“Hey Siri, text John to say I’m running 10 minutes late.”
It takes only a few seconds to say, but for someone with a disability the same task could take several long minutes. Artificial Intelligence (AI) is powering a revolution for disabled smartphone users and the latest Siri updates announced by Apple show us how virtual assistants could transform the lives of disabled people.
Let your virtual assistant take the strain
Despite the truly excellent accessibility of many smartphones, having a disability can mean that performing tasks is often time-consuming, sometimes tiring and even painful.
For a blind user it can take time to review the screen with speech software – and typing when you can’t see the virtual keys on a sheet of glass hobbles even the most breath-taking of touch-typists. For someone with motor difficulties each tap takes some time and effort. For someone with a learning difficulty, there is considerable thought and concentration that goes into completing every task – and each separate stage in a process is another possible hurdle where one could stumble.
Artifical Intelligence has the promise of turning a multi-stage process (a process that requires that you are familiar with its functions and features and can physically interact with its interface) into a much less daunting one in which you simply have a chat with your device in the same way that you would with an attentive and obliging friend who is ever-ready to help. I say “Promise” as, of course, we’re not quite there yet.
For me as a blind person to send a text to John in the positively old-fashioned way (i.e. unlock my phone, fire up the Messages app, choose John from Contacts and type or dictate the message and finally hit Send) might take two minutes at best. If I can’t dictate the message because I’m in a noisy environment it can take a lot longer – especially if I have a lot to say. To get Siri, my virtual assistant, to do the same task takes only a few seconds.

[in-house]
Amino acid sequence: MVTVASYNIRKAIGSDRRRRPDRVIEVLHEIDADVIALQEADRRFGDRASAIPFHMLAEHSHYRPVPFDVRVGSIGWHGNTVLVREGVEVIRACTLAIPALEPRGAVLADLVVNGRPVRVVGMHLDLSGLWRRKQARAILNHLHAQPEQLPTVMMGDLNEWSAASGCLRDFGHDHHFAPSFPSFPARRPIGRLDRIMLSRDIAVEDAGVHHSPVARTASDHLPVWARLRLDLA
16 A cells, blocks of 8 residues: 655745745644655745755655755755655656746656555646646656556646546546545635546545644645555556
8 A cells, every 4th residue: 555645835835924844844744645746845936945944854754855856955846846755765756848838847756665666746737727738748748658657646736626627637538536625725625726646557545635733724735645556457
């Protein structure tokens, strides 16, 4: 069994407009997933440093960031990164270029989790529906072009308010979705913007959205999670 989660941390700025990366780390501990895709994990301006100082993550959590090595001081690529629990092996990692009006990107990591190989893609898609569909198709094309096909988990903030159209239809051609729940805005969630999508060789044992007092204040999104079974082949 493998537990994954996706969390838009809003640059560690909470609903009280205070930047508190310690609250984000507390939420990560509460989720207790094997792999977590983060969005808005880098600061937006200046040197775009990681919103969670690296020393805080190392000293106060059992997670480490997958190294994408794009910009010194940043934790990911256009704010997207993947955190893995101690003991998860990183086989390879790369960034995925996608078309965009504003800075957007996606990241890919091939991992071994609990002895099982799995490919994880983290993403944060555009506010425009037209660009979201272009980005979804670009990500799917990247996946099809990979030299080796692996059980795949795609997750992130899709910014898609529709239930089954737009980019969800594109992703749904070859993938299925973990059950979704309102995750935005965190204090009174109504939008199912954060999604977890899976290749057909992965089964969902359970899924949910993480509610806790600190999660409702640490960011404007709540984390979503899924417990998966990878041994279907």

I know what you’re thinking – what you may even be positively shouting at your screen. “But Siri is about as intelligent as a toddler and half as reliable” you say. And you’d be right. Well, actually I would argue that in many ways a toddler is far smarter but when Siri works well she works wonders and when she doesn’t then you just move on and you’ve only wasted a few seconds in the trying.
For the average user this ‘First try the AI’ approach might on balance be too frustrating. But for many disabled users it’s a strategy well-worth exploring and, as our virtual assistants get ever-smarter, they may eventually find themselves with an ingrained way of working that will save significant time over everyone else who abortively abandoned AI.
SiriKit set to step up the smartness
Due to be released at Apple’s much awaited event tomorrow, iOS 10 will include amongst its features the new ‘SiriKit’. SiriKit will allow many more apps to be controlled by the virtual assistant which in turn will give us much more choice when it comes to doing things the lightning-fast way.